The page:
Some years back, I had pondered aloud on here about having learned I have many more women readers than men. I had thought maybe my women characters might be one reason. That notion was questioned by a male commenter, who observed that women readers may actually be drawn to my male characters.
However accurate that may be, it also makes some sense. It struck me as more or less akin to women like and admire “Elizabeth Bennet,” of course. However, some of them at least may actually read Pride and Prejudice for “Mr. Darcy.”
So as promised at the end of the previous post: several of the historical men… and their fictional influences:
First, John Laurens (1754-1782) of South Carolina has become a focus in particular in recent years since his portrayal in the musical Hamilton almost entirely due to his clear anti-slavery and equality sentiments. Those make him unique among promiment southern white men of the era. I am aware of no one else who was so uncompromisingly in favor of ending slavery on no terms other than Black liberty, pure and simple; he even sought to raise a regiment of slave volunteers who would receive their freedom for signing up (but the idea went nowhere).
Laurens had spent 1771-76 in London and especially in Geneva, Switzerland. He married an English woman, but only two months later in December 1776 left her (pregnant) behind with her family when he sailed for America to volunteer to fight for independence. (She had their daughter in 1777.) Arriving in the US, he was welcomed onto General Washington’s staff, where he became close friends with the similarly young French Marquis de Lafayette and Alexander Hamilton. He was captured by the British in 1780 and subsequently exchanged. In early 1781 he traveled to France with Thomas Paine and returned in August with money for the cause and assurances of French naval assistance. In October, as a lieutenant colonel, he fought at the October 1781 Battle of Yorktown.
Unfortunately Laurens was killed in a skirmish in August 1782 (the war was by then all but officially over) outside of Charleston at only age 27. That early death kept him from a “post-independence” military/political career. With no post-war accomplishments, he faded into the “second tier” of American history, overtaken by Hamilton, Lafayette, and older men such as Washington, Adams, and Jefferson. Had Laurens lived on into middle to older age, who knows what he might have accomplished.
“John Abbott” is slightly borrowed from him…. but mostly in his well-to-do, South Carolina, unbringing. I did not want to portray a white South Carolinian of the era as solidly anti-slavery when nearly all were not; I thought that would have been historically problematic and sought a more “representative” man of his time and place.
“John” there is only twenty-one. One of the repeated themes we see in young Americans then was that Europe “changed” them. After a time there they became very different than they were when they had first left home – possibly years before. (The five years – 1771-76 – he spent there, almost certainly “changed” the real South Carolinian John Laurens.)
Second, I wanted a level of English involvement. Introducing lower gentry seemed reasonable: wealthy enough to travel, but not so elevated as to be implausible interacting with lessers, particularly an American merchant family. I settled on a fictional baronet – a retired military man who had been to America and liked it, and opposed the war with the US, and who “dabbled” in trade.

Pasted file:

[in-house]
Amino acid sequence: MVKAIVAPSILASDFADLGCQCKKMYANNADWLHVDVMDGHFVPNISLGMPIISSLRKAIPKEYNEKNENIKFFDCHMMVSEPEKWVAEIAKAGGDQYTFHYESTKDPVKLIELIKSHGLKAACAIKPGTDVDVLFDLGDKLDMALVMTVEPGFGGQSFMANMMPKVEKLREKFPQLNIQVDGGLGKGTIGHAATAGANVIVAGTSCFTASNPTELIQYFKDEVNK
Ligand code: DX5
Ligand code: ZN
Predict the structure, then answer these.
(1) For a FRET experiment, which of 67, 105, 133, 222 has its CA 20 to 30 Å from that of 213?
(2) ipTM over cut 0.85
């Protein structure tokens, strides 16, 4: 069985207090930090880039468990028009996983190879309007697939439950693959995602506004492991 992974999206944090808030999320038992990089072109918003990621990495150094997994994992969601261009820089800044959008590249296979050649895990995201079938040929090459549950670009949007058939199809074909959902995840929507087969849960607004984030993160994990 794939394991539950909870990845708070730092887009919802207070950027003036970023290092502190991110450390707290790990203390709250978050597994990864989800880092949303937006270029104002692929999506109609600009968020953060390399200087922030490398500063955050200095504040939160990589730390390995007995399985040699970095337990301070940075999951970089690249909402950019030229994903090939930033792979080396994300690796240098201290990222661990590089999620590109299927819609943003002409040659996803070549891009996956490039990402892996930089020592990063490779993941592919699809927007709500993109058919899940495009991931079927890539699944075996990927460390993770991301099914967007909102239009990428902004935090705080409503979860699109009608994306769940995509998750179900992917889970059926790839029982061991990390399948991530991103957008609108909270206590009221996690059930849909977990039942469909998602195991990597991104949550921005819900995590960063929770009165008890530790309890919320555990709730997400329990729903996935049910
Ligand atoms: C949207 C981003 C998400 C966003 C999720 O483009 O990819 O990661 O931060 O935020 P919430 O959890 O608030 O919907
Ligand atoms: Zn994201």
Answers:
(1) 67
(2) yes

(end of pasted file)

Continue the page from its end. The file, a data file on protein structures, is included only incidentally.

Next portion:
Such men were not that uncommon in England at the time. His fictional son would therefore be well-educated and would someday inherit his father’s title. And that son could be important in the story:
A bit of William Pitt the Younger (who first became “prime minister” – first minister, technically, as the term “prime minister” did not yet then exist – at just age 24 in 1783), mixed with varied recollections from what I had read over the years of other young gentry, and with several British actors in the back of my mind for good measure (Pitt was portrayed – brilliantly, naturally – by Benedict Cumberbatch in the 2006 film Amazing Grace) helped me create “Carolina’s” older brother, “Henry Beckington”:
Lastly, unless you grew up on Long Island, New York (as I did) you may not have heard of William Floyd. He was from Long Island, a signer of the Declaration of Independence, and a militia commander. His Mastic estate was confiscated by the occupying British in late 1776. (Today, restored, the house is open to the public.)
After the war ended, his daughter, “Kitty,” then only age 15, first met through him at Philadelphia a then 32 year old little-known Virginia politician named James Madison – a future president of the United States. The then extremely shy and frankly immature Madison was besotted by her, and with her father always present he “courted” her as dictated by the norms of the era. After she and her father returned to Long Island, leaving Madison behind, however, “Kitty” – by now 16 – months later fell in love with a man only three years older than herself, whom she eventually married.
“Edward Floyd” is a fictional nephew of that real William Floyd. I tried to write “Edward” as a rather “typical” immediately post-independence young American of his strata. He dreams to see Europe and hopes to leave a mark on the world:
En route to Europe, he also crosses paths with someone who utterly floors him.
The “main” character, “Robert?” Well, I am not sharing those details. I do not want to give away too much. 😉
Hope you are having a good weekend, wherever you are. 🙂